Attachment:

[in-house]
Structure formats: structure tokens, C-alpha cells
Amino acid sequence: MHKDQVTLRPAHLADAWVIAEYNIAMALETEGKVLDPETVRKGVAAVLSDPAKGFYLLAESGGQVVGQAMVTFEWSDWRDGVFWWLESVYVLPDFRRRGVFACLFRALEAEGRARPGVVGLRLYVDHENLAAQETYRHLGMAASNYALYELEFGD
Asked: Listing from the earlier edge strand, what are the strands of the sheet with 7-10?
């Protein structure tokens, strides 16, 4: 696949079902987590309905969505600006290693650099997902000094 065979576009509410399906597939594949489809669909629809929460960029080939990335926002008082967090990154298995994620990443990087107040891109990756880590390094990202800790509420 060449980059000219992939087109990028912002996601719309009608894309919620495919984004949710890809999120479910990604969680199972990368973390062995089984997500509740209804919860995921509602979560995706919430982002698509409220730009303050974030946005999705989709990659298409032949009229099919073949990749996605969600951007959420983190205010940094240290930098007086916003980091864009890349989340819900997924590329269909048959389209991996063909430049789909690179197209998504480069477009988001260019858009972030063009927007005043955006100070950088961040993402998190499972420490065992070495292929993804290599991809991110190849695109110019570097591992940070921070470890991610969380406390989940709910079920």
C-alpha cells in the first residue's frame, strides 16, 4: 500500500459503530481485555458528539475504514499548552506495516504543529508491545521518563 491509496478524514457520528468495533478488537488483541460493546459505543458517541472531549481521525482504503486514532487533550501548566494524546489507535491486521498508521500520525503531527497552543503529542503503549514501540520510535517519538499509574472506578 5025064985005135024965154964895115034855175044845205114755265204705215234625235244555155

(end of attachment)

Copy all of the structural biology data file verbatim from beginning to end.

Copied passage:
[in-house]
Structure formats: structure tokens, C-alpha cells
Amino acid sequence: MHKDQVTLRPAHLADAWVIAEYNIAMALETEGKVLDPETVRKGVAAVLSDPAKGFYLLAESGGQVVGQAMVTFEWSDWRDGVFWWLESVYVLPDFRRRGVFACLFRALEAEGRARPGVVGLRLYVDHENLAAQETYRHLGMAASNYALYELEFGD
Asked: Listing from the earlier edge strand, what are the strands of the sheet with 7-10?
């Protein structure tokens, strides 16, 4: 696949079902987590309905969505600006290693650099997902000094 065979576009509410399906597939594949489809669909629809929460960029080939990335926002008082967090990154298995994620990443990087107040891109990756880590390094990202800790509420 060449980059000219992939087109990028912002996601719309009608894309919620495919984004949710890809999120479910990604969680199972990368973390062995089984997500509740209804919860995921509602979560995706919430982002698509409220730009303050974030946005999705989709990659298409032949009229099919073949990749996605969600951007959420983190205010940094240290930098007086916003980091864009890349989340819900997924590329269909048959389209991996063909430049789909690179197209998504480069477009988001260019858009972030063009927007005043955006100070950088961040993402998190499972420490065992070495292929993804290599991809991110190849695109110019570097591992940070921070470890991610969380406390989940709910079920």
C-alpha cells in the first residue's frame, strides 16, 4: 500500500459503530481485555458528539475504514499548552506495516504543529508491545521518563 491509496478524514457520528468495533478488537488483541460493546459505543458517541472531549481521525482504503486514532487533550501548566494524546489507535491486521498508521500520525503531527497552543503529542503503549514501540520510535517519538499509574472506578 5025064985005135024965154964895115034855175044845205114755265204705215234625235244555155